Is nostalgia cramping Hollywood’s creativity?

In an era of reboots and sequels, originality is less profitable

Reboots are a blockbuster recipe.

Over the past decade, it’s started to appear as if Hollywood is incapable of creating anything new.

From the recent Star Wars sequel trilogy to what feels like the hundredth Batman reboot in the last two decades, popular characters and franchises are being continuously reinvented, reimagined, and regurgitated to audiences—and for what?

While it may seem like a new phenomenon, the idea of leveraging familiar themes, stories, and faces has existed in cinema throughout its history. There’s a reason why the same tropes in film and television have prevailed for so many years: they’re favourites.

Commercial cinema, like Hollywood, has always prioritized profits over quality storytelling. But never before has this been more apparent than in the current era of highly-criticized reboots and unnecessary adaptations.

Interspersed through the ceaseless barrage of regurgitated characters and tropes, there have been some truly impressive original and innovative stories coming out of the film industry in the past several years. Jordan Peele’s horror films have been touted as groundbreaking and captivating expansions of the genre; Moonlight was extremely deserving of its three Academy Awards.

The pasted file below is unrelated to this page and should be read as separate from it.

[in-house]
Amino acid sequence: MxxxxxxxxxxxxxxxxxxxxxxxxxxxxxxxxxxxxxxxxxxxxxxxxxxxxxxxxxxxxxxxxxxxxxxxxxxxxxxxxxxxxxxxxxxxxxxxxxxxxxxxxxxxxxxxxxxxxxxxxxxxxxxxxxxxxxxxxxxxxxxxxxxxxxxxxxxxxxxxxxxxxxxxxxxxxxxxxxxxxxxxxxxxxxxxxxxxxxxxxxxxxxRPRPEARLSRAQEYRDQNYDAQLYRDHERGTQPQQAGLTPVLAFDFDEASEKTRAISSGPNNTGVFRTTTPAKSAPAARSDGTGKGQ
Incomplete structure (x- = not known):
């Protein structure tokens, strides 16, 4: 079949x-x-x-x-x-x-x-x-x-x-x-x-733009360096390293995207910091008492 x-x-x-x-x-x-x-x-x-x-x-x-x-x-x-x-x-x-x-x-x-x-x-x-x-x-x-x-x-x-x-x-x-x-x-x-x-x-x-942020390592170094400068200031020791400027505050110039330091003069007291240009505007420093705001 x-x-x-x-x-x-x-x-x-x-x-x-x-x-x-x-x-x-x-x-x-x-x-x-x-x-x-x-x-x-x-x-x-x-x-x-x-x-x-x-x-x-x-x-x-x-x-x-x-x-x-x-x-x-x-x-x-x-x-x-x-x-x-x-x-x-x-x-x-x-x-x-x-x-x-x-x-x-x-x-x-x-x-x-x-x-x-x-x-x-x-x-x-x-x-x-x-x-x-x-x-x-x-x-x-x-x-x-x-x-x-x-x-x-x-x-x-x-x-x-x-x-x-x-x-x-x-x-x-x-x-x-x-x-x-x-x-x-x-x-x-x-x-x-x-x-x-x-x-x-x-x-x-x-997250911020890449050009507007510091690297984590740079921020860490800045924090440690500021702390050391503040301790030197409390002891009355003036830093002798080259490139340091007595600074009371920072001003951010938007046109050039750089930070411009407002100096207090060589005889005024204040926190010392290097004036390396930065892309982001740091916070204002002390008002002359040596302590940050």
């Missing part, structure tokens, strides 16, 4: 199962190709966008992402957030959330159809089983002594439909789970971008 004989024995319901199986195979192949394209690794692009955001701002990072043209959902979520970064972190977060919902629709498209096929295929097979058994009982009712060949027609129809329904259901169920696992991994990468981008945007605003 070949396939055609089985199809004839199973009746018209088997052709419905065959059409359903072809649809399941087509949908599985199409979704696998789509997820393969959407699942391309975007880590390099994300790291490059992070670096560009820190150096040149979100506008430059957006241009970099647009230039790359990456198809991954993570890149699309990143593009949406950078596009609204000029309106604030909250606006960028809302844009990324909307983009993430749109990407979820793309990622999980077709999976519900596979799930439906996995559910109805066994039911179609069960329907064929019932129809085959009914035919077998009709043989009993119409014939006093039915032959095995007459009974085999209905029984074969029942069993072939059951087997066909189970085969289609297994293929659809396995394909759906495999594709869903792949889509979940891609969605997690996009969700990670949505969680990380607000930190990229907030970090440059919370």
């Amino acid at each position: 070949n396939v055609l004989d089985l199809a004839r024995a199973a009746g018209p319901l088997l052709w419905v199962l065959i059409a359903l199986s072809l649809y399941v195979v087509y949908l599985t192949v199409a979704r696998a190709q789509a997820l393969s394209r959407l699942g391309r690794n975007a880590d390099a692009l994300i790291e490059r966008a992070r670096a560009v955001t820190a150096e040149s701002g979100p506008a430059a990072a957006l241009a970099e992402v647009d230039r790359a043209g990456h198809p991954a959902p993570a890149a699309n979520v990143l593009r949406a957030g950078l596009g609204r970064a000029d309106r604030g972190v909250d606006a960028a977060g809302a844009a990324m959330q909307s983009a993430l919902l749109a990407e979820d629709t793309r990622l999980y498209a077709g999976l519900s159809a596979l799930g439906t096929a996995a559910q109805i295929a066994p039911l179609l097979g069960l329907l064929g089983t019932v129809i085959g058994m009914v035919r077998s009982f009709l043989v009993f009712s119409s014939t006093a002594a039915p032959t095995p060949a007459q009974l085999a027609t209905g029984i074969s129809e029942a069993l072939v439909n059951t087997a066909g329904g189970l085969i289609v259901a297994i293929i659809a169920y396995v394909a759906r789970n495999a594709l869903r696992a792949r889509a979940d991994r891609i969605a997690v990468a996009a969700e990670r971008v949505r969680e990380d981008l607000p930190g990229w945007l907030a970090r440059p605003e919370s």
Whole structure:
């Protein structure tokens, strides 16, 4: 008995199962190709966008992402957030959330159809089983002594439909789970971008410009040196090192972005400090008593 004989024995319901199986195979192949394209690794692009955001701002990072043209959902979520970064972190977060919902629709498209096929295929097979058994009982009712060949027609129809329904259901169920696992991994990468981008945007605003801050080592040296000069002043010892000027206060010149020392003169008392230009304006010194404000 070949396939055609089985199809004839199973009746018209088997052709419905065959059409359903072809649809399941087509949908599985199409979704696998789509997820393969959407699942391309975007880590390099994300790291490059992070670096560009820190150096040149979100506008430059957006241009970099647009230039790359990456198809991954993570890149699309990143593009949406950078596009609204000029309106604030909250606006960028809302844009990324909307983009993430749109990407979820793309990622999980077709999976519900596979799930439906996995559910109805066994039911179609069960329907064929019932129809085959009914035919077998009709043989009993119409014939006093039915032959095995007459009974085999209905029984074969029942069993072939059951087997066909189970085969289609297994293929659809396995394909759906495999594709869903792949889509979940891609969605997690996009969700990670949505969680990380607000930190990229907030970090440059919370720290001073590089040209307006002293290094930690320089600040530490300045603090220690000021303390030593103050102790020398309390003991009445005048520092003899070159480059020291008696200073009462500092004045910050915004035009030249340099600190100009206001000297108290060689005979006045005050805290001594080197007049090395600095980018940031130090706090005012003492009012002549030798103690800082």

But when the majority of popular films play on our nostalgia, it’s easy for more creative projects to get lost in the mix. Moonlight made a modest $27,854,932 domestically; Spider-Man: Homecoming saw domestic gross earnings of $334,201,140.

The current excessive reliance on reboots and retellings in cinema is the industry’s capitalist underbelly showing through. Studios want to make a lot of money without a lot of risk, and there’s no better way to assemble an almost-guaranteed blockbuster hit than with pieces you know have been successful in the past.

It’s not only easier, but safer to rely on stories and characters that audiences have already proven to love. We’ve seen four separate blockbuster Spider-Man franchises in the last 20 years, and we still want more.

But there’s only so much creativity Hollywood can harness when it’s caught in an endless cycle of self-plagiarism—and audiences are noticing. Disney’s live-action Mulan was met with extremely mixed reviews and controversy; the latest Star Wars films are widely criticized for failing to hold up.

Unfortunately, we’re bound to see the same stories reused and the same characters exploited for money over and over again until they stop being profitable—and then the mainstream film industry is going to move on to cannibalizing something else popular until it, too, is bled for all its worth.


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